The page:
Ethiopians in the war-scarred north are dying from lack of healthcare services, are suffering food and water shortages, and remain “terrified”, according to aid agencies finally accessing remoter parts of Tigray region.
Just when people were harvesting crops in early November, the federal army launched an offensive against forces of the former local ruling party, the Tigray People’s Liberation Front (TPLF), whom it accused of insurrection.
Thousands died and more than 300,000 fled their homes during battles and air-strikes, creating a humanitarian crisis in the already poor region of about 5 million people.
Though the government captured regional capital Mekelle and declared the war over by the end of the month, aid groups, the United Nations and some officials say reaching needy people has been hindered by violence, bureaucracy and logistical obstacles.
“The people are terrified, they have suffered a lot,” Medecins Sans Frontieres’ (MSF) emergency programme head Mari Carmen Vinoles told Reuters as the medical charity made first forays into rural areas near towns including Adrigat and Axum.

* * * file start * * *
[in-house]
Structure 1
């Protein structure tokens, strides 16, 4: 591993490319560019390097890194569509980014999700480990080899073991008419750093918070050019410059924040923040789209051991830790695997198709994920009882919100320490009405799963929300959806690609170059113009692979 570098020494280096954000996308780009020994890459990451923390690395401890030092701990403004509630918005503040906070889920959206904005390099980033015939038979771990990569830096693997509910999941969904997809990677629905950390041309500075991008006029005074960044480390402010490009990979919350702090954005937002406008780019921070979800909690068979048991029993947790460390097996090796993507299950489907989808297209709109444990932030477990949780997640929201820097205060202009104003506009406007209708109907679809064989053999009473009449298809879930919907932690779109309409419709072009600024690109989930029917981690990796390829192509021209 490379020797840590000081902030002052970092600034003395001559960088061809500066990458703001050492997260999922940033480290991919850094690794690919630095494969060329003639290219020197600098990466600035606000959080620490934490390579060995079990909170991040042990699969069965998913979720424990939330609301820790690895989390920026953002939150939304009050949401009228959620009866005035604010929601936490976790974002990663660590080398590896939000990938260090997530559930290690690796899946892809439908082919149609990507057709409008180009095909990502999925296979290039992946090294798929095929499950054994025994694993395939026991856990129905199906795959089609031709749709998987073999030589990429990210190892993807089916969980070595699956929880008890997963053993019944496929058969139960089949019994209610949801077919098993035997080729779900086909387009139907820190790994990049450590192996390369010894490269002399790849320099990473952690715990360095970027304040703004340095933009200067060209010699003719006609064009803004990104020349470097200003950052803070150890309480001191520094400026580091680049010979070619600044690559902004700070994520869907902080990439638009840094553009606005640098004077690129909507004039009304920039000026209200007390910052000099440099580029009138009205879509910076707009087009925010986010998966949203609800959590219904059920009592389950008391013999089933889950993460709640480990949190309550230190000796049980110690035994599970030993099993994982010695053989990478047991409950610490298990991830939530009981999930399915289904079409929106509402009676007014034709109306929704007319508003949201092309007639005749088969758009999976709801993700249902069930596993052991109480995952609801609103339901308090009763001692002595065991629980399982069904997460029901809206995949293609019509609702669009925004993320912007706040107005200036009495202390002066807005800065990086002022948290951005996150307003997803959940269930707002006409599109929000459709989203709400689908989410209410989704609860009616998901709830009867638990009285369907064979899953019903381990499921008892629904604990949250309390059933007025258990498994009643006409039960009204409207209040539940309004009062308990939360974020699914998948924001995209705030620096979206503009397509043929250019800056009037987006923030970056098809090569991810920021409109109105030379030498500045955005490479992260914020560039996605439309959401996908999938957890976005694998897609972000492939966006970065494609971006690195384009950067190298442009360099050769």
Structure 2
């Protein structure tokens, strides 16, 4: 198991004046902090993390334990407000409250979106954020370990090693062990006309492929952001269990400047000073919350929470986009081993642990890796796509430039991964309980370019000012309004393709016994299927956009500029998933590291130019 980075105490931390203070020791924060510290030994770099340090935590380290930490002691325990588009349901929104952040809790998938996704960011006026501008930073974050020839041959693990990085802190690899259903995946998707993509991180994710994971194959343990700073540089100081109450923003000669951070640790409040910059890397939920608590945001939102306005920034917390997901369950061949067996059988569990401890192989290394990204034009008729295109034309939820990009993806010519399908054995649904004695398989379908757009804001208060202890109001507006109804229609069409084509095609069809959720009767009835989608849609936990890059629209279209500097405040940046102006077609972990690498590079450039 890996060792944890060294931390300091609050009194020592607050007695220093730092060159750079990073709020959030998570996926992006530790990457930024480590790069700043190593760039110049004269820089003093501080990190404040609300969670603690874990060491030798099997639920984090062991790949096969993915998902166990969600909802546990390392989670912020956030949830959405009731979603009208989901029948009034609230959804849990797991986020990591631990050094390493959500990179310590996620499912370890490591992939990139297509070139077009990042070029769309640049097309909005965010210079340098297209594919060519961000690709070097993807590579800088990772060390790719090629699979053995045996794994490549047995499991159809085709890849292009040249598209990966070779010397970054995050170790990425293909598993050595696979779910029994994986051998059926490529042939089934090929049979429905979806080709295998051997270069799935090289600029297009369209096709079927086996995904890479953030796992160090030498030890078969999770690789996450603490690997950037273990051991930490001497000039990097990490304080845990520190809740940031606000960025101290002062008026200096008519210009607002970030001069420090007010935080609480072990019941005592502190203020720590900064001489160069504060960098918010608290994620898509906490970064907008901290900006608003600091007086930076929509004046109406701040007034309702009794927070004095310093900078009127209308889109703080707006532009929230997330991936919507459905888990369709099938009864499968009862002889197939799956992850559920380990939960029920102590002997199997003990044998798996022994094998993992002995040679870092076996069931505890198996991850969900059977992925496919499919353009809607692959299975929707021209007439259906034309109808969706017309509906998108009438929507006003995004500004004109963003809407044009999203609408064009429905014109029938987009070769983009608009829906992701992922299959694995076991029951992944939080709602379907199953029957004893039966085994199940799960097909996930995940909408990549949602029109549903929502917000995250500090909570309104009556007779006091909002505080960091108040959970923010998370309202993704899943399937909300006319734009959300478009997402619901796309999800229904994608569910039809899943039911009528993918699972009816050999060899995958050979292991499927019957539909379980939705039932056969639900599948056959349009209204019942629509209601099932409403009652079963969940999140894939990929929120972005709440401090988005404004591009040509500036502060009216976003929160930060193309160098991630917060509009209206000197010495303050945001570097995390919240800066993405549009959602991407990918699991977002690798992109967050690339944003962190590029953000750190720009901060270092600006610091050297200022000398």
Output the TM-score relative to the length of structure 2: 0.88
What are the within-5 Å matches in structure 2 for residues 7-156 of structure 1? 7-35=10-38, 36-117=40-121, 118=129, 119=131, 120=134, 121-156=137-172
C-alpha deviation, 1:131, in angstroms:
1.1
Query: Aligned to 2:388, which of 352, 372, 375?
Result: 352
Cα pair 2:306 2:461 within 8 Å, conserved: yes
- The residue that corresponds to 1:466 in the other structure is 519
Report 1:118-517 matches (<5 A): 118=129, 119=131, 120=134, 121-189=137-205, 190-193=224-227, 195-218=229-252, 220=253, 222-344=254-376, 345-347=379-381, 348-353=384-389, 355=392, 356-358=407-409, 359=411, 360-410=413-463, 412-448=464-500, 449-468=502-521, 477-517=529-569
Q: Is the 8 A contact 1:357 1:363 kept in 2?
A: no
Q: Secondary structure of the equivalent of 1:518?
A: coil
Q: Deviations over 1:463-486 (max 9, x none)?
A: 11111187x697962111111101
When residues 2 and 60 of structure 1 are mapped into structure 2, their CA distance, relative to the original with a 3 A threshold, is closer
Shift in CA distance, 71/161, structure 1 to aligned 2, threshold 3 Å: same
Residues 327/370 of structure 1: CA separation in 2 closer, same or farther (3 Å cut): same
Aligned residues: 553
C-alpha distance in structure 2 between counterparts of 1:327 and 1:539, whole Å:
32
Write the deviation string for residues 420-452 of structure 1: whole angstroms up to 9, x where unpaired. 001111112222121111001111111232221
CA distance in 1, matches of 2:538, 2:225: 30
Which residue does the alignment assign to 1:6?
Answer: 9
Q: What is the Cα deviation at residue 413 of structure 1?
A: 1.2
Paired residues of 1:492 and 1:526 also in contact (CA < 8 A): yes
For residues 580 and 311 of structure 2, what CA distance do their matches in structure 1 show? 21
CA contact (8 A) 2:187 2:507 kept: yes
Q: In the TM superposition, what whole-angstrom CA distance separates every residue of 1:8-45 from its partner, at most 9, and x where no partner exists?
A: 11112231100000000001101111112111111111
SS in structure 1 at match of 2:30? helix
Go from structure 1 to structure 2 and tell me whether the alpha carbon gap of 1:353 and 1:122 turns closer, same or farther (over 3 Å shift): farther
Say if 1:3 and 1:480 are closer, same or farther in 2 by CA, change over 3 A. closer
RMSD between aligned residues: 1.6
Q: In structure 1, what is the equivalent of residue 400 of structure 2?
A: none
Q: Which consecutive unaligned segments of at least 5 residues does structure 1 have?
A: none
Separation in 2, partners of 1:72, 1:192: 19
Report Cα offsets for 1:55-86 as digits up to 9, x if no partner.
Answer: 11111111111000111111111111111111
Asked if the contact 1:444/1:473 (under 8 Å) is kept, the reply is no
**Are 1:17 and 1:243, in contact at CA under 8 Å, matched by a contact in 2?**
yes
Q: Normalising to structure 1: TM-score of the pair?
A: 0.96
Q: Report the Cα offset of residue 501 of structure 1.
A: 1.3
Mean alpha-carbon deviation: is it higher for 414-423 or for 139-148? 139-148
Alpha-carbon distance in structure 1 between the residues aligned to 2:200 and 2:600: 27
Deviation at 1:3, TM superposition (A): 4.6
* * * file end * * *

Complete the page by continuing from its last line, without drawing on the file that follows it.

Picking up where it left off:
MSF said there was barely any healthcare provision beyond Mekelle and a handful of towns, meaning people were dying without life-saving help for conditions such as pneumonia or childbirth complications.
In Adigrat, MSF found doctors and nurses struggling to keep “hungry patients” alive, Vinoles said. The main hospital’s ambulances had been stolen.
“Every time we reach a new area, we find food, water, health services depleted, and a lot of fear among the population. Everybody is asking for food,” she added.
The Ministry of Peace said on Tuesday that the government was working with humanitarian partners to rapidly deliver aid, with 1.8 million beneficiaries so far.
The European Union last week suspended budget support for Ethiopia worth 88 million euros ($107 million) until aid groups had better access.
One Ethiopian official acknowledged that “people are starving” during a meeting with the United Nations and aid groups on Jan. 8, according to official notes of the meeting seen by Reuters and authenticated by two sources.
“If urgent emergency assistance is not mobilized, hundreds of thousands might starve to death,” Berhane Gebretsadik, an administrator for the federally-appointed interim Tigray government, told the meeting.